One thing that was not mentioned is the MPC issue. Their take is that [milk protein concentrates] MPCs can now be made domestically and MPCs are not an issue. What?

There is absolutely nothing in their proposal that says that if we get nailed down to a supply management program that the processors wouldn’t or couldn’t import more and more MPCs to displace our domestic supply of milk, and kill the price we are paid for our milk.

Finally, some are trying to say that the make allowance would be done away with. In reality, it would not be done away with; it just would not be announced and would stay hidden.

Please, please call your senators and congressmen and tell them to just say NO to the Foundation for the Future. There is nothing in it that is looking out for our future. Ask them to please say YES to the Federal Milk Marketing Act of 2011. It is our only salvation.
Gretchen Maine
Waterville, New York

Yes: It’s always being said that farmers are price takers, not price makers, but under this new safety net, dairy producers will have the option of making a smart investment to prepare for the type of worst-case scenario like what we experienced in 2009.

Specifically, the Dairy Margin Protection Program (DMPP) offers a basic level of margin insurance at no cost to producers; all they will have to do is sign up for it, once the Foundation for the Future program is implemented.

Under the congressional draft, 75 percent of a farm’s milk production history will automatically be eligible for protection at $4 per hundredweight margin (defined as the gap between the all-milk price and a national average of feed costs).

But the real opportunity for farmers comes under the supplemental option of the DMPP, because up to 90 percent of a farm’s production history can be insured in increments up to an additional $4 per hundredweight. The cost of any optional, additional insurance will be shared between the USDA and producers who elect for supplemental coverage.

This gives farms of all sizes the chance to indemnify themselves at a level up to $8 per hundredweight, meaning that if the milk price is $14 and feed costs are above $6 per hundredweight, the insurance program will pay them on all their production that particular month.

Or if milk prices are $20 and feed costs are above $12, they’ll get paid. If producers don’t want that level of protection, the supplemental program offers a sliding scale of options, in 50-cent-per- hundredweight increments.

And the real attractiveness of this program to smaller-scale operators is that the margin insurance program allows for risk management regardless of whether you produce 100,000 pounds of milk per month, or 1 million. Many other types of private risk management tools require a minimum volume of milk in order to enter into a contract.

But the DMPP is open to everyone, large or small. This brings a new degree of protection to even the smallest dairies.

The DMPP is compatible with other risk management programs already in use, such as forward contracts. That type of program allows farmers to lock in a future price that may be attractive and profitable to them, whereas the DMPP allows producers to insure against an unattractive scenario where poor margins may bleed away their equity.

I farm with my two sons. For us, having insurance against equity loss would make it easier for us to sit down with the banker, because if he sees that we are protected against the downside, both he and I can invest more confidently in the future of our farm.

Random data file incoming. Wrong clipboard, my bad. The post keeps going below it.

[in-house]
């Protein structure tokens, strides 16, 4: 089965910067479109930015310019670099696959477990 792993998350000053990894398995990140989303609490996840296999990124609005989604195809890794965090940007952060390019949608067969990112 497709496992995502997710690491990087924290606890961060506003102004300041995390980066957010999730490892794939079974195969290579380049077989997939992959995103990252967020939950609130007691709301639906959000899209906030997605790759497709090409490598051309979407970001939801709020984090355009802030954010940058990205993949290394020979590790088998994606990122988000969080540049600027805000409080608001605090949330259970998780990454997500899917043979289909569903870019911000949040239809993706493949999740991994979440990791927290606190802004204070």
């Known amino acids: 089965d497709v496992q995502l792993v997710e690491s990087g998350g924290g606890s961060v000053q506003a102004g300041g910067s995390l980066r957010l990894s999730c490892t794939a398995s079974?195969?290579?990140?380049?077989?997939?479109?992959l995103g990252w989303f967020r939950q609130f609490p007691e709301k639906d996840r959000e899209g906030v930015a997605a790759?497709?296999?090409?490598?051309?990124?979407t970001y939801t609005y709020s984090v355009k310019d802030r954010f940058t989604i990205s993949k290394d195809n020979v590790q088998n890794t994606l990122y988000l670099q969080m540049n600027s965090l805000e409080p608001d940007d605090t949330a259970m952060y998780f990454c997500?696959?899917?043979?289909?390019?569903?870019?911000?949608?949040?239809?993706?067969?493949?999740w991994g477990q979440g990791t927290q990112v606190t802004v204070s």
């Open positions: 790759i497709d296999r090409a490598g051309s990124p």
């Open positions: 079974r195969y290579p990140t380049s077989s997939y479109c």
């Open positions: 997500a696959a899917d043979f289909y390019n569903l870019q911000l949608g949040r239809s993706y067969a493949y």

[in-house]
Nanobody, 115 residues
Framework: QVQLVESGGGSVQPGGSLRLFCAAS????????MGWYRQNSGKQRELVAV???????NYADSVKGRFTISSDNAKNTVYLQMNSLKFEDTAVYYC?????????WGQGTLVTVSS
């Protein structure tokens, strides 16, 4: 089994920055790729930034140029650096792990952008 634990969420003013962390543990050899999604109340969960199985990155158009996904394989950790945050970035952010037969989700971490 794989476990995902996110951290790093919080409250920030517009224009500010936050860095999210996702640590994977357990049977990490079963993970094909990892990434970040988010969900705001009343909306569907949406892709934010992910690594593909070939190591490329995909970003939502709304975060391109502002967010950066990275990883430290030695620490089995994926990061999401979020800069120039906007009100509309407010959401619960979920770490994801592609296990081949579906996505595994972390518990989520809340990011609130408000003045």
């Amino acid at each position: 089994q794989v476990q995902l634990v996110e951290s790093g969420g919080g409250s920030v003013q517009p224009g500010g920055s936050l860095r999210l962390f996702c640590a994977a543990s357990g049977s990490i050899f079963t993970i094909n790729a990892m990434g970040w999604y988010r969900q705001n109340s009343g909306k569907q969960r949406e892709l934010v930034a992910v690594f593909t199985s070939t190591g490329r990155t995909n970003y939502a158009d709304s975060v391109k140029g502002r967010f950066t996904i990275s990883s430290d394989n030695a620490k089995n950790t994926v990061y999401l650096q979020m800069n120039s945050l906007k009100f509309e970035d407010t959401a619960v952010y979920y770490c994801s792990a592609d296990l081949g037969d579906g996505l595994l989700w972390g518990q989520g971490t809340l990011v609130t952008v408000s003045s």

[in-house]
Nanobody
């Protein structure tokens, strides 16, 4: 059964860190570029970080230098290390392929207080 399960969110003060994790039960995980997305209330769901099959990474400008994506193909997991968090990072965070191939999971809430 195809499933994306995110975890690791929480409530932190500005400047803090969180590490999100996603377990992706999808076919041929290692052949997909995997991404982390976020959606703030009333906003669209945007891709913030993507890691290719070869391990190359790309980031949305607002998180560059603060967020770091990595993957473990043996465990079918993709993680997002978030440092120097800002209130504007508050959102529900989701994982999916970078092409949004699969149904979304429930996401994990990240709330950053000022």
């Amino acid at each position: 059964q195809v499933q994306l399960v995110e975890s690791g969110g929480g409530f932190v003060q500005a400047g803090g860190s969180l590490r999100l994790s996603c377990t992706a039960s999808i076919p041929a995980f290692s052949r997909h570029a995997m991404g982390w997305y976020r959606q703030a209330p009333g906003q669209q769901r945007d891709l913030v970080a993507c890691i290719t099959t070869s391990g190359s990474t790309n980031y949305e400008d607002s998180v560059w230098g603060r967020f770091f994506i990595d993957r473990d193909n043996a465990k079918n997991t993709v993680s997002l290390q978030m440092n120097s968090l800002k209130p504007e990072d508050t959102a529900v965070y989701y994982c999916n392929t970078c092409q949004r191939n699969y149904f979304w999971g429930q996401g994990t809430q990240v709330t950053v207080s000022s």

Doug Nuttelman
Dairy Producer
Stromsburg, Nebraska

Yes: I think a lot of producers are forgetting the basic supply-and-demand model from our first day of economics class. Production this year has been cut back from high feed costs which, luckily, has helped our mailbox milk checks. If some production had not been cut back, we would have had way less positive margins this year.

The margin insurance of FFTF is also more understandable and user-friendly than, say, the livestock gross margin insurance that few producers understand and use.
Aaron De Boer

No: How does this policy deal with overproduction? How does it deal with imports? If this policy is backed by any of the following, it will not benefit the dairy producer: Dairylea, DFA, Dean Foods, HP Hood.
Ken Medved

No: We cannot support FFTF. It is set up to benefit processors. They can increase and then make allowances whenever they want. They will set our milk where they want it and then let us collect our insurance from American tax payers!
Kenneth Horst
Phelps, New York

No: I enjoy freedom in this country. I will not stand for a plan that takes that freedom away from me and gives control to co-ops with yes men on their boards. Grass roots are the people who have to deal with this control in five years when their total milk checks are controlled by the big five co-ops.

Five percent goes toward the national debt. I pay enough tax! I also like working with my insurance company that is available to answer questions and enroll me six days a week. Enough is enough, Jerry K and Land O’ Lakes YES board.
cow man

No: I have seen five PowerPoint presentations on National Milk’s FFTF plan, read many articles and talked with people who support it. This plan benefits large Holstein conventional dairies.

The efficient dairies who may ship the same amount of milk year after year will be punished on FFTF’s plan, even though they do not contribute to excess milk supply. The Jersey, Guernsey, Milking Shorthorn and crossbred-based dairies will be punished on FFTF’s plan.

Yes, there were many dairies who took losses in 2009. However, there were also many dairies who were profitable in 2009 (although not as much), as we were. We choose to use a management system that is profitable for us even in low milk-price years.

If at any point we are not profitable, we will first look at our own choices and change our own management style and system so that we are … we will not look to put the blame elsewhere (on the pricing system) and make other people pay for our choices. We live in America, which was based on the free-enterprise market system. Supply and demand work very well.

Yes, it may put some very small or very large dairies out of business. It does the same with grocery stores and retail shops. Yes, 25 percent of farms may be producing 75 percent of the milk supply (which, by the way, who cares?). But why should 75 percent if the farms subsidize the other 25 percent so they can flood the market with milk?

P.S.: We pay enough income tax to the federal government. We should not have to pay any extra to help pay down the deficit. Here, we only spend what we have and no more. The government can learn to do the same.